When we visited Meredith at her home, her phone rang constantly. I saw the huge folder of vet bills that went with getting these little dogs on their way. Sometimes people are put off by the demands put on would-be adopters as to what the dogs will need, but Meredith and her associates are determined to make matches that will work.

The details are many. And God is in the details.

I'm a cat person.
I was too, till I met Sula, my mate's dog. Then I fell hard. When she passed on, along came my yellow lab, a more informal rescue situation. She's great with the cats and actually breaks up their spats. She is also a wonderful scullery dog. So now I'm just a critter person.

I also like people a lot, most of the time.
Great blog! More info about aftershave -
Wow! We can shave all the little dogs! Thanks so much for writing! I'm desperate for non-readers like you!
I smell the coming of word verification.
Not for a while. I'm waiting for a penis enlarger blog or something really special.
you know, cat lovers should be able to appreciate animal rescue stories too. a cat lover I love this..because I am also a dog lover/rescuer. I guess you now understand why I have 8 cats and 3 dogs. All but one cat and one dog were rescues.My problem is, when someone wants one..I can't give it up..I am afraid they won't love them as much as we do and make sure they get their meds'...damn things are expensive..but I just can't part with any. I fear we will have to move into a bigger house..and I would then have to kill the ball and chain because he won't move..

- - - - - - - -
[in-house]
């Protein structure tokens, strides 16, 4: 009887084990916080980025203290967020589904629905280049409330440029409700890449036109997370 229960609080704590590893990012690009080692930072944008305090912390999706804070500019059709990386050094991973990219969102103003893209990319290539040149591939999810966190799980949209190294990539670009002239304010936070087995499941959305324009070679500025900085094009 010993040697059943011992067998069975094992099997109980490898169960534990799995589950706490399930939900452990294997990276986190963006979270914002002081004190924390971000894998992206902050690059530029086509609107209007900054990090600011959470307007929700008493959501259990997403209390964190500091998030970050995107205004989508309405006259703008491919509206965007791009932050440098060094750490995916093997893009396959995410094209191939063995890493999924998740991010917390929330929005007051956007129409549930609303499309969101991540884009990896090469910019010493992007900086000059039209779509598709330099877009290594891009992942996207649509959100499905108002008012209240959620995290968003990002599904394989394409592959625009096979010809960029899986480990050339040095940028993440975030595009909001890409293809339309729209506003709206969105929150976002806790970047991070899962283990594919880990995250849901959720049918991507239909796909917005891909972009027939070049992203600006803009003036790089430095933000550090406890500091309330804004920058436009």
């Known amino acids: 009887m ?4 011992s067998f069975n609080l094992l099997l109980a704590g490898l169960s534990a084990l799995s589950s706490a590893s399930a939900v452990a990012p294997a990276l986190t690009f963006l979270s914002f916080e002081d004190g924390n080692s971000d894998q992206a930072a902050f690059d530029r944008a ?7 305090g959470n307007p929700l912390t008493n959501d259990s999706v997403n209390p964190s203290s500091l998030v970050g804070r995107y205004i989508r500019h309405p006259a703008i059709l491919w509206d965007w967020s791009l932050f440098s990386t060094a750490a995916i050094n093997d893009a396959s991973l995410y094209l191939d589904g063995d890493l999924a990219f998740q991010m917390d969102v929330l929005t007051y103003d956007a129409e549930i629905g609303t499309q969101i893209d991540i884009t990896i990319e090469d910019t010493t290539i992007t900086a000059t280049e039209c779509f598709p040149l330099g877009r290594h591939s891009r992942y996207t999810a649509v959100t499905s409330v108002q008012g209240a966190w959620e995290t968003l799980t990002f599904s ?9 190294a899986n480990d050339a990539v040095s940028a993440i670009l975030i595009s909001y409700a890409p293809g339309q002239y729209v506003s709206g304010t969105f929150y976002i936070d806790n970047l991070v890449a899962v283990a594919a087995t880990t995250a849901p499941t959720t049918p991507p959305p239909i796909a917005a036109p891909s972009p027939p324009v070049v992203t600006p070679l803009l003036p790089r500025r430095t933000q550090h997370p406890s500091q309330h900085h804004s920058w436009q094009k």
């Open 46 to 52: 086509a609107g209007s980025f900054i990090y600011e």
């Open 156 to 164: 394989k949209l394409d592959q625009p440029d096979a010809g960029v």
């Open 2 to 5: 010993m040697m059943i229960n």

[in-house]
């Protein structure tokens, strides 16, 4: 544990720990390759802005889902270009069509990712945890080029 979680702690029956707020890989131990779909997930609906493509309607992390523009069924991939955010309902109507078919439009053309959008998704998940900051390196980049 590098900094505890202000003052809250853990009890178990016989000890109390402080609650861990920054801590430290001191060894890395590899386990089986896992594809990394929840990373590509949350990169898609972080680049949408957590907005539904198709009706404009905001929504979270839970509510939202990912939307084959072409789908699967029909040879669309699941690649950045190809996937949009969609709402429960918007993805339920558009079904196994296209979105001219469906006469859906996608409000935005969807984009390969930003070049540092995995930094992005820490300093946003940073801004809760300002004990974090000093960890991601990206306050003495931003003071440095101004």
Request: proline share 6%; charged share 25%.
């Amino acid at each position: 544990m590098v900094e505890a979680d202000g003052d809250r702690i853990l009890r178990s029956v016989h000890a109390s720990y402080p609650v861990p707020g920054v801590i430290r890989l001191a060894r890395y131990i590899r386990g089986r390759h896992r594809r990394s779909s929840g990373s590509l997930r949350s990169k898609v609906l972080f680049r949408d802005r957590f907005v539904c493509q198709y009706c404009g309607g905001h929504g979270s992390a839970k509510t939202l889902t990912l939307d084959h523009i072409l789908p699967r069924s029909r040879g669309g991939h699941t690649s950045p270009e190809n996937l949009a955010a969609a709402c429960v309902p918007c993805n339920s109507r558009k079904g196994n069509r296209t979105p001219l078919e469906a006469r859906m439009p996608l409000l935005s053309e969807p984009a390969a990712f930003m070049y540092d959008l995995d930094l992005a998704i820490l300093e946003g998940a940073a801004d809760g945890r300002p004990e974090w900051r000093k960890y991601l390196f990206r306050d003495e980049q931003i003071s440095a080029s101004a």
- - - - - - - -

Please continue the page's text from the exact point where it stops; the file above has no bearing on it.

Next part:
therein lies my problem :p
You sound like my buddy Robin, who refers to herself as a foster failure. They have four.

I just want Maddie-dog to get her due in our house, so we just have her and the 3 cats.
in my case, foster failure let to full on, 501(c)3 rabbit rescue. 22 rabbits in the house at one time. vet bills were ginormous, especially since the critters are considered "exotics".

for all the failed fosters out there, i'd recommend a three-pronged approach: adopt them out with a fee (people tend to take better care of animals that aren't free), do a house check, and make 'em sign a contract saying that if they don't want the pet anymore, they'll give 'em back (no refunds) instead of dumping them. just my 2 cents. :)